This little word, "love," how it has been used, misused and abused! Everyone talks about love, from the Gospel writers to the young man who asks his date, "Do you love me?" Everyone at some time or other feels what he or she calls love, is exalted by the feeling — or distraught and torn. Crimes are committed because of love, and great sacrifices are made by glowing individuals in the name of love. Love and death ever mingle in the cup of the human soul. The sweet-bitter potion is concocted anew for each adolescent by the great witch, Life.
To experience love is the unavoidable fate of every human being. This experience is the great maturing force for the young; to the mature grownup, it is the acid test of whether or not he or she has actually grown-up. Even to the aging, it may sometimes come as an intimation of what is beyond life or as a renewal of life energy, a "second wind" needed to end the great race of human existence. At any age and in any circumstance, the experience of love offers to the human consciousness a mirror. The mirror says: "Yes, this is you. Did you believe perchance that you were something else? Look at your face. Plumb the depth of your eyes. What do you see? That, you are, in reality and in truth."
According to the old mythological and astrological traditions, Venus is the symbol of love; and we often see Venus portrayed looking at herself in a mirror. We also know that Venus (or Aphrodite in Greece) rose from the foam of the sea; some have described her as wearing a necklace of pearls. These are all deeply significant symbols which it would be well for us to understand, for love without understanding may turn into a hollow mockery or tragedy. To love without understanding must inevitably end in pain, pain for the lover or the beloved — usually for both.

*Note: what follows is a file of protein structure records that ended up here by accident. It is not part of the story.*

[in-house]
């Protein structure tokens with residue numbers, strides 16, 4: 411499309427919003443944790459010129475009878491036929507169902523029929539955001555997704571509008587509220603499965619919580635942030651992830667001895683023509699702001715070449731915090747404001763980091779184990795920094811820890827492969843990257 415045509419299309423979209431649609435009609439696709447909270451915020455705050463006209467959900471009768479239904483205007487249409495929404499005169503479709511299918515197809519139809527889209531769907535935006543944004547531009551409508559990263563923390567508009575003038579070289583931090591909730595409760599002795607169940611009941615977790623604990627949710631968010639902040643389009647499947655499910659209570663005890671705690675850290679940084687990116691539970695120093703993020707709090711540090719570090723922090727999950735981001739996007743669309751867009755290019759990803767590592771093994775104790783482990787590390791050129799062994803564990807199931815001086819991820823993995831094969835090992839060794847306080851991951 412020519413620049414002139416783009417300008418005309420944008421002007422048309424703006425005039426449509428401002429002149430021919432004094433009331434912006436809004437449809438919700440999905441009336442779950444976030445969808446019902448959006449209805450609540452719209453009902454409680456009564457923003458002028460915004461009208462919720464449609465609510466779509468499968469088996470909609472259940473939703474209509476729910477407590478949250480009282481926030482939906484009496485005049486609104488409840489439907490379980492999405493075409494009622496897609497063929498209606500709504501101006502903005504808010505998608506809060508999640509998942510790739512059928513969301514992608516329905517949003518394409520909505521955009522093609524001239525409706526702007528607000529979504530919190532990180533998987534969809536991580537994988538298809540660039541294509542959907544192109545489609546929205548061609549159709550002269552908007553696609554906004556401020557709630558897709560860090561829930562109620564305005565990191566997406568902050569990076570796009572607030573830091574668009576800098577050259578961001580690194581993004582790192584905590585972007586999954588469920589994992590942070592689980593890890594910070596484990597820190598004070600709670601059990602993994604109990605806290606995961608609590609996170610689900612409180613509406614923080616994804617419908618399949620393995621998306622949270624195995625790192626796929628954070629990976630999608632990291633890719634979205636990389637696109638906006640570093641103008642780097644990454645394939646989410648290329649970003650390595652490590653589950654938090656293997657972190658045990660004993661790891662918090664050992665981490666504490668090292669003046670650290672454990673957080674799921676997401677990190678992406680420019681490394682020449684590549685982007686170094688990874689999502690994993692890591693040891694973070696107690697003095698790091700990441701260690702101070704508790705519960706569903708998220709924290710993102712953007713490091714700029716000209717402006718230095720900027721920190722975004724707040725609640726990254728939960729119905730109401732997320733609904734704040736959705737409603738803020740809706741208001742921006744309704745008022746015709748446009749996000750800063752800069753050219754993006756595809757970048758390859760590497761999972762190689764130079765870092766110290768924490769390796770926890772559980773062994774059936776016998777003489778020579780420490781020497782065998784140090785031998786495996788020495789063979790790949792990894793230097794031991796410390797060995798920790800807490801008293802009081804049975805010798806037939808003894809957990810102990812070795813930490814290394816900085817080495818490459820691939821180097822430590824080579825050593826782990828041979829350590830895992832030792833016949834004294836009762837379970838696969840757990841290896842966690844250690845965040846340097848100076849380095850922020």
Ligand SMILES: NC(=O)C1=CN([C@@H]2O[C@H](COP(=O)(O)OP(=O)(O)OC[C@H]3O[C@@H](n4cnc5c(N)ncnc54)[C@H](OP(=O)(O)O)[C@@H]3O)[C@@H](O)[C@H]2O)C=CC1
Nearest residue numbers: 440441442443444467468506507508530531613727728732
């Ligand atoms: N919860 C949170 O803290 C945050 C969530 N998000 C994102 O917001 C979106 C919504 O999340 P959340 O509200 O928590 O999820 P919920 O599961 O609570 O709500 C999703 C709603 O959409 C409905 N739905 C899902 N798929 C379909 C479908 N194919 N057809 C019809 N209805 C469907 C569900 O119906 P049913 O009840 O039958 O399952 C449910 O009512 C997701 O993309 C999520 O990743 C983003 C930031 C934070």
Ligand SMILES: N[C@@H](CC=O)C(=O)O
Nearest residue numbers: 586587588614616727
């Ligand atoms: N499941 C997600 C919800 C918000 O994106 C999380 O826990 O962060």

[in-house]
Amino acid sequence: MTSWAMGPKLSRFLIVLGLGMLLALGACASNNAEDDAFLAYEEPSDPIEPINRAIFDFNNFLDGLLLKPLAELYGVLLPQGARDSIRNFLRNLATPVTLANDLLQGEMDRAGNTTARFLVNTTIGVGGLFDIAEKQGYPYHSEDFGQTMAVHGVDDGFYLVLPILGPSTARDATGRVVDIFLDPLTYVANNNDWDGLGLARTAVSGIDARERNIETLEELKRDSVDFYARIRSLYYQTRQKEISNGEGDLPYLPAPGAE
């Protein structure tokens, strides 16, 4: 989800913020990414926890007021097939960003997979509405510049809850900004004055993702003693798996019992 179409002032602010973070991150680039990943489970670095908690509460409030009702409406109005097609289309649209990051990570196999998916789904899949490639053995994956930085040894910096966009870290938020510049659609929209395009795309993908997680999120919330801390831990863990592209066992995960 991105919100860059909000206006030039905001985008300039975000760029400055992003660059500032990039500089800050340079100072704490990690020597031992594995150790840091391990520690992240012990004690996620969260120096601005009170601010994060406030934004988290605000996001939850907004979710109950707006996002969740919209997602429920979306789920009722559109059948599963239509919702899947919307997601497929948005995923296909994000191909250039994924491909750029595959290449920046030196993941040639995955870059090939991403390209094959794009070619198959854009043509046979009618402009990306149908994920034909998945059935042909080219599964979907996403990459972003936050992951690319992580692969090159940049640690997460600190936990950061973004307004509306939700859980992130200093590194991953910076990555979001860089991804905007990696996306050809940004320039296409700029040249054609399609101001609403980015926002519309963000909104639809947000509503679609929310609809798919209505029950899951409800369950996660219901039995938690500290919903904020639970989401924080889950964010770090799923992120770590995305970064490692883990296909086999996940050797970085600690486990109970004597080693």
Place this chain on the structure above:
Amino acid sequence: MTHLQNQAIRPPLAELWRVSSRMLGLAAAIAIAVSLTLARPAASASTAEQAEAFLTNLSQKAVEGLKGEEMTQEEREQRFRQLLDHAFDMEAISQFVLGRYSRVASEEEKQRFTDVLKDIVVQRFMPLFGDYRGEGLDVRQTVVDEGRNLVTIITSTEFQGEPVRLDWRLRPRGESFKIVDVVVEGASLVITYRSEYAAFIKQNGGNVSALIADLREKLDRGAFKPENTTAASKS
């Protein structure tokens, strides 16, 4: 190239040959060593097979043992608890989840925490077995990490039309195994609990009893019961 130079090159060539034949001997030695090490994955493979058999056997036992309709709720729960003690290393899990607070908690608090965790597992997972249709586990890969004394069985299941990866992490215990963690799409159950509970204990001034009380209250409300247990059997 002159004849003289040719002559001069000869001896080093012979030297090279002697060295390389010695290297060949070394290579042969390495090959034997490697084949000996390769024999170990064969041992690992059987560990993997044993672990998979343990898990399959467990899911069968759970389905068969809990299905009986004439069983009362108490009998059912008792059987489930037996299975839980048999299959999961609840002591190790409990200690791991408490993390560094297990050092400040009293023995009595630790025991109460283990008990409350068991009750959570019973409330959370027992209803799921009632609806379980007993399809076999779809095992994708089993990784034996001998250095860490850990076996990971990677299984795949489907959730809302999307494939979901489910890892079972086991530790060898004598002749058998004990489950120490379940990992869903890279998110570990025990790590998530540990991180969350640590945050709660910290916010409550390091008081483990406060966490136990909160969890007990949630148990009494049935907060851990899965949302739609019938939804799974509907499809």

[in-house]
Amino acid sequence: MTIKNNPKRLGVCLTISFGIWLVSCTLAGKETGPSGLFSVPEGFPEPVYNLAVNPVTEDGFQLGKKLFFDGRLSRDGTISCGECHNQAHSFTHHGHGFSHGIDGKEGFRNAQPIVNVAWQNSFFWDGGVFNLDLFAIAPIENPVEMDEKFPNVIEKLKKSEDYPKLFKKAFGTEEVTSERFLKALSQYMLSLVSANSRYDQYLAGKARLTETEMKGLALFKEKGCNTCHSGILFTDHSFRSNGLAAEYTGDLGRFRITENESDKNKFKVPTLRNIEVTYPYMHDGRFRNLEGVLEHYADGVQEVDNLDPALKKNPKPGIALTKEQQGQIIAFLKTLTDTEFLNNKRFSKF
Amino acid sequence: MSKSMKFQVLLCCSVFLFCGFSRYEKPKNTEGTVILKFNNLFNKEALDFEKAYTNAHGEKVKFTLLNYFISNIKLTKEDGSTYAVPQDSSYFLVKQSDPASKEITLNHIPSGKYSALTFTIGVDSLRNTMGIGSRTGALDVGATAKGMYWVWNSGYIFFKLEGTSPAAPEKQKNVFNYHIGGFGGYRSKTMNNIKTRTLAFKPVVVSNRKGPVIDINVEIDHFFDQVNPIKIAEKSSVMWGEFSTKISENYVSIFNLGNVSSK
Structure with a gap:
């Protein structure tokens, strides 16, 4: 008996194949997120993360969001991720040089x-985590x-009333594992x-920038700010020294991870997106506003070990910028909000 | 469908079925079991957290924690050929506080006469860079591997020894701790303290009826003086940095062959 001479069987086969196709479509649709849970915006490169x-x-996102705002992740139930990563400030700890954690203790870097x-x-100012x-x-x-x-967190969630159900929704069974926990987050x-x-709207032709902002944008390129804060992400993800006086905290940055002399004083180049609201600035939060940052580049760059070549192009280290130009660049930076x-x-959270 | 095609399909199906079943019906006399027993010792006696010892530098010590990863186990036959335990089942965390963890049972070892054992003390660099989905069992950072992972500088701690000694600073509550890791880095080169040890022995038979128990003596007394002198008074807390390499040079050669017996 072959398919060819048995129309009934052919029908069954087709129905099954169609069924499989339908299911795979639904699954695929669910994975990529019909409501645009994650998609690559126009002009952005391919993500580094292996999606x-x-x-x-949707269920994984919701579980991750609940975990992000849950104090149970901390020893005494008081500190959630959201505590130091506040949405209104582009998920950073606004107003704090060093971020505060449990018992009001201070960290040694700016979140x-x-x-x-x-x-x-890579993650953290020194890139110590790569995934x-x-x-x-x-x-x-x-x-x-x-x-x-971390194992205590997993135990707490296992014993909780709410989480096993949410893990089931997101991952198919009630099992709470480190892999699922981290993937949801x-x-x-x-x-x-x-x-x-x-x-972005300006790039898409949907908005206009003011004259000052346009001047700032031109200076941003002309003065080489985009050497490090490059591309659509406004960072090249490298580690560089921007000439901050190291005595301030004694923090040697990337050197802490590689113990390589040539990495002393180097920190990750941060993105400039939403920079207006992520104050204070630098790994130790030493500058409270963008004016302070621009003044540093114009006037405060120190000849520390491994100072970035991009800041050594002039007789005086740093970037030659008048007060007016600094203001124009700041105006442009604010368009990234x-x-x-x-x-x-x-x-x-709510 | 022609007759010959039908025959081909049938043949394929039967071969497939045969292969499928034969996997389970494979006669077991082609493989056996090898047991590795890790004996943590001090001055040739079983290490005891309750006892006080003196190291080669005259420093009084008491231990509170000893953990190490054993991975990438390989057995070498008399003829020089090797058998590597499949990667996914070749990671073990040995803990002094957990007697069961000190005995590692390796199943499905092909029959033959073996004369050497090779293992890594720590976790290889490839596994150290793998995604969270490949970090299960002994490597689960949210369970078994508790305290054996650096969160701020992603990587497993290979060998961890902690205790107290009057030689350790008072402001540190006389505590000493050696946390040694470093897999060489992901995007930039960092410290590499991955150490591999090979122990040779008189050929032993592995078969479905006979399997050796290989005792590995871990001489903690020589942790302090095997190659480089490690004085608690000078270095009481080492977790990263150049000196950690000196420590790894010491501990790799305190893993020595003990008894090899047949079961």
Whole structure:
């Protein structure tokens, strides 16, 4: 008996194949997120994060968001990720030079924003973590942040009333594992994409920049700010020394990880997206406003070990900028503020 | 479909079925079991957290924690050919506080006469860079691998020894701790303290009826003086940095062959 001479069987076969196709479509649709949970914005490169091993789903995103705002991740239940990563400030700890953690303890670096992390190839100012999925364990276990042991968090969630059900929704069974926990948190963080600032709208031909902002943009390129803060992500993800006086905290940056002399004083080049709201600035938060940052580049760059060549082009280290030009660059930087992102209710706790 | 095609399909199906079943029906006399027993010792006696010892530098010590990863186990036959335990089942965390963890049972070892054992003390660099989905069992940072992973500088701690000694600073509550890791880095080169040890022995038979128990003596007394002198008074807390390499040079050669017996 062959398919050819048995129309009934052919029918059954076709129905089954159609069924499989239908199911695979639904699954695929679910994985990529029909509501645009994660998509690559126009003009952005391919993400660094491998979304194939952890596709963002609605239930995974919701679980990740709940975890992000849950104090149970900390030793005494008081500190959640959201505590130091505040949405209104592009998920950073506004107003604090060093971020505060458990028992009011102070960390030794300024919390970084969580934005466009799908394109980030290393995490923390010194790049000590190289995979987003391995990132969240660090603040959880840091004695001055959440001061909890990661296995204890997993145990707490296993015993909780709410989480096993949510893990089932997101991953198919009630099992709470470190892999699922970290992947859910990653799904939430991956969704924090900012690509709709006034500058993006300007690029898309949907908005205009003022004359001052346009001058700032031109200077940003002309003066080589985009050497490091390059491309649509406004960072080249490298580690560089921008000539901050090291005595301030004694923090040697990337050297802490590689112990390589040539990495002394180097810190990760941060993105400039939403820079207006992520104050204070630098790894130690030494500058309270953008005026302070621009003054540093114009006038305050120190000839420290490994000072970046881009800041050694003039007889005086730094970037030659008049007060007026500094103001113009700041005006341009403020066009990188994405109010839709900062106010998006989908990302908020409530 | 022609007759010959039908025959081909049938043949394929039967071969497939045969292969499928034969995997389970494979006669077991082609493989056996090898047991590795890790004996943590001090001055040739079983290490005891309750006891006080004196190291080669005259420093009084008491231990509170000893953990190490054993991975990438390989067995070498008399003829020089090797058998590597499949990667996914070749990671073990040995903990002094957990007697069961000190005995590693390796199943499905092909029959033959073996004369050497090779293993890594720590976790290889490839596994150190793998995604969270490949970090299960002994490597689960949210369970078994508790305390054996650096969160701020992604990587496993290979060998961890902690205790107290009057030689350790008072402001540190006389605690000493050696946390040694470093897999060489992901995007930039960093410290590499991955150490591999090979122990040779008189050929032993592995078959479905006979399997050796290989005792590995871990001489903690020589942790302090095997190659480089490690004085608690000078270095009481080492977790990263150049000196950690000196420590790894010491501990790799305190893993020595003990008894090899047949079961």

The sea is the universal symbol of the vast, undifferentiated energy of life. Everything that lives can be said to have risen out of the sea. In modern psychology and in our dreams, the sea represents the "collective unconscious," the unknown and undifferentiated depths of our psychic human nature out of which the differentiated consciousness of what we call the ego, "ourselves," emerges. In this sea, all men are one in their common humanity; indeed, all living things are one in this ocean of life.
It is out of this oceanic unconscious oneness that Venus — the love experience — arises, naked, wearing pearls. The pearl is the product of some irritation of the life substance within a shell. Love is always born of "irritation." What is separative and self-insulated — i.e., en-shelled — must be stirred, hurt, aroused. Love is always the result of a need. Some deep unconscious yearning or lack, some fundamental hurt forces the living soul to awaken, to act; it begins to build itself up in iridescent layers of feeling. It must answer to the challenging realization that somehow it has to emerge out of the shell of ego separativeness and out of the sea of unconscious existence. Blind adolescent love is the answer. Pain after pain, pearl after pearl, the goddess of love arises into the light of consciousness. As she sees herself in the mirror of the beloved's eyes under the daylight of consciousness, this undifferentiated life power of the sea becomes aware that she is a differentiated human soul, an individual in love with another. This awareness is a radiance.